18 inch 1:14 22-250

timmymic

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I have an sps varmint I want to cut down to 18 inches to be easier to maneuver with my suppressor. Is 18 enough with a 1:14 twist? Likely shooting the 40 gr vmax.
 

BallisticsGuy

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Probably should ask your suppressor manufacturer. Blast will certainly increase as you shorten the pipe but I've never seen a .22-250 with that short of a barrel.
 

timmymic

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Probably should ask your suppressor manufacturer. Blast will certainly increase as you shorten the pipe but I've never seen a .22-250 with that short of a barrel.
I talked with Silencerco previously and they said as far as the suppressor I could go down to 16. I was referencing here more of stabilizing the bullet.
 

BallisticsGuy

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That will not be stable according to Berger's stability calculator or my own. Your Sg is around .8 well into the 5000fps zone.
 

Mustang72

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Not trying to derail your thread but have you thought about a short barrel 223 instead? I would be curious what the velocity difference is between the two with 18 or 20 inch barrels. I shoot a 20 inch 223 with 50 grain v-max. I need to crono a few rounds, but it is very deadly out to 500 yards.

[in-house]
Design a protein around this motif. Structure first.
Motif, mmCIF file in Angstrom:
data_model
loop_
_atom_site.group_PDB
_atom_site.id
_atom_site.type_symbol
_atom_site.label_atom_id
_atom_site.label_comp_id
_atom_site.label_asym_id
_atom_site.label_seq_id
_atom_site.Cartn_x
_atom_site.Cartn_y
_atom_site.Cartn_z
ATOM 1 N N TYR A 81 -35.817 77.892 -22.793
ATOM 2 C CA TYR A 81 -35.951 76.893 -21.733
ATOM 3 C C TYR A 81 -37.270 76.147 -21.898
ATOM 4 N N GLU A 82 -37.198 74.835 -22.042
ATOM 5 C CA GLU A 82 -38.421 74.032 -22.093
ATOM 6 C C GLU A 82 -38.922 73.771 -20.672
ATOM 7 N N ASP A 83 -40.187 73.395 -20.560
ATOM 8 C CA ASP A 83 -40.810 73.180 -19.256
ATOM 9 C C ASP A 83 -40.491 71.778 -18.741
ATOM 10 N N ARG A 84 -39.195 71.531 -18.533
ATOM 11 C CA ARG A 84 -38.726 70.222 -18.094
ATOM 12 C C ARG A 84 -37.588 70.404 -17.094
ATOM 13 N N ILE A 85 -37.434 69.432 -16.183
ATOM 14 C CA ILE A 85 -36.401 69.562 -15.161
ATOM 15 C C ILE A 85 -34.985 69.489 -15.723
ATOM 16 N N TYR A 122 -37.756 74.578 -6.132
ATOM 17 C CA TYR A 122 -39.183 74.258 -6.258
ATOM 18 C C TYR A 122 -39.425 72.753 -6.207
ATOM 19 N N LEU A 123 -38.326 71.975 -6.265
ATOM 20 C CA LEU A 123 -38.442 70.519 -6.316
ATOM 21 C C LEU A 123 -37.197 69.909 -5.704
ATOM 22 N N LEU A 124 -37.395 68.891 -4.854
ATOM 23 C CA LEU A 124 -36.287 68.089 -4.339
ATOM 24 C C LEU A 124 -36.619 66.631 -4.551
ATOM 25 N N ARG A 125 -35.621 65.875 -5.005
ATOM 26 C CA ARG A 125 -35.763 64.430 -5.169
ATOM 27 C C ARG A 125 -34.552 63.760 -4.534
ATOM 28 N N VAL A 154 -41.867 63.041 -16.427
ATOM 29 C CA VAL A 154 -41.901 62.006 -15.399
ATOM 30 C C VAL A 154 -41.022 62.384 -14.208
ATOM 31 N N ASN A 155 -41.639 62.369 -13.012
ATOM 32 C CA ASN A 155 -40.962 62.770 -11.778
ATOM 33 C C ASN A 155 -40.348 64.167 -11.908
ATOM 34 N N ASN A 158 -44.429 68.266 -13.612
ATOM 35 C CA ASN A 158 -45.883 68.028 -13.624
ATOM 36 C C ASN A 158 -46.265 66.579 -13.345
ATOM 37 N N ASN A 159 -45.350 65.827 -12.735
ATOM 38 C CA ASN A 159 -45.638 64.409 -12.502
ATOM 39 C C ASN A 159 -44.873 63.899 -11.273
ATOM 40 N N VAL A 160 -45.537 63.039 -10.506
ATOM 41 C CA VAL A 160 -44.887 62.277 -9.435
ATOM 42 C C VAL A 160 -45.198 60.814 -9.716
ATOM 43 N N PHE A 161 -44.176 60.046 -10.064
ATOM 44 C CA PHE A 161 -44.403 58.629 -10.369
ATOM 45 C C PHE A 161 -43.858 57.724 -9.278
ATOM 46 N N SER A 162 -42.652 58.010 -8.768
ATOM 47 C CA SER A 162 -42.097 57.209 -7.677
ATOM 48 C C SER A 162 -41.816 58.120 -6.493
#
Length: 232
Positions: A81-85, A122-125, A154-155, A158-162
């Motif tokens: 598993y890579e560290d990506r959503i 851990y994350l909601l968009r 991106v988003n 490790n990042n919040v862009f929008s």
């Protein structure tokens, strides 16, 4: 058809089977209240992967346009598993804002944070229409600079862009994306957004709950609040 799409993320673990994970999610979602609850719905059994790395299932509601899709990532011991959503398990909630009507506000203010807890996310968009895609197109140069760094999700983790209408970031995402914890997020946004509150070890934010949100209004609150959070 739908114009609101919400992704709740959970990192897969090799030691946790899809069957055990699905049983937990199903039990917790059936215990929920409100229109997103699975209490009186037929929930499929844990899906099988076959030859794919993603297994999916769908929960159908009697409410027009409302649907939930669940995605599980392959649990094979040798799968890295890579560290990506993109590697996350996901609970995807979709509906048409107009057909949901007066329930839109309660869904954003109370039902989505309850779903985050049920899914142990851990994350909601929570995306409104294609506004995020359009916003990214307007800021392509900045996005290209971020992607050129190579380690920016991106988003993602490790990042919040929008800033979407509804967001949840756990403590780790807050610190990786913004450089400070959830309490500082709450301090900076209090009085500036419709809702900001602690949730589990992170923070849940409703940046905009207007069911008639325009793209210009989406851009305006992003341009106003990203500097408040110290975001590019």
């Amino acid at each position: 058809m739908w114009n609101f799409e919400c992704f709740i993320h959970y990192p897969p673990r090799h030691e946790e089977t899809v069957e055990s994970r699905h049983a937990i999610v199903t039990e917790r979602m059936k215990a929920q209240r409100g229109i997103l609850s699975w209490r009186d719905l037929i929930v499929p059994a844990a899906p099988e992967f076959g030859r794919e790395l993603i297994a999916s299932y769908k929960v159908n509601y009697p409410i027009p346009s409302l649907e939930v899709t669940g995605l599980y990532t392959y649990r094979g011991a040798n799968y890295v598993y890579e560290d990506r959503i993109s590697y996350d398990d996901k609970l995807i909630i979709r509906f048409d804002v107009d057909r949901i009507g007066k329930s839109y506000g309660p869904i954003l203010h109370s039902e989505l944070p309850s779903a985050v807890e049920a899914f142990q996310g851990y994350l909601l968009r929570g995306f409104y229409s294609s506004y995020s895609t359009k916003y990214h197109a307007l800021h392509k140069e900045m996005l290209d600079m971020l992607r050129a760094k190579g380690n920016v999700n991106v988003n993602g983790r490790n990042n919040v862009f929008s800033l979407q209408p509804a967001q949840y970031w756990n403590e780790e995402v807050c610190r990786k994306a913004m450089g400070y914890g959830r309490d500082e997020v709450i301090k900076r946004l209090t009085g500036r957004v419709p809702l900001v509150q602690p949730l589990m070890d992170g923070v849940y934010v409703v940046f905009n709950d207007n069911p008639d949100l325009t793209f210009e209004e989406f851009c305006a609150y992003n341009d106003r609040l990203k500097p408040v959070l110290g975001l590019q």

aushunter1

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I have an sps varmint I want to cut down to 18 inches to be easier to maneuver with my suppressor. Is 18 enough with a 1:14 twist? Likely shooting the 40 gr vmax.
Well from my understanding as a general rule you usually lose around 50fps per inch of barrel cut so if your losing 8 inches your looking at a possible 400fps drop which is a lot.

Doesnt mean 40gr's wont work because lets say you were getting around 4000fps out of a 40gr load you will then be getting 3600fps, thats still moving!

Still as we all know speed does not always determine a accurate load so again with the short barrel how is that going to affect accuracy??
Obviuosly would need tobe re crowned well.

As you get into the longer & heavier proj's then things change but its really only by trial & error you will find out.
 
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kiwikid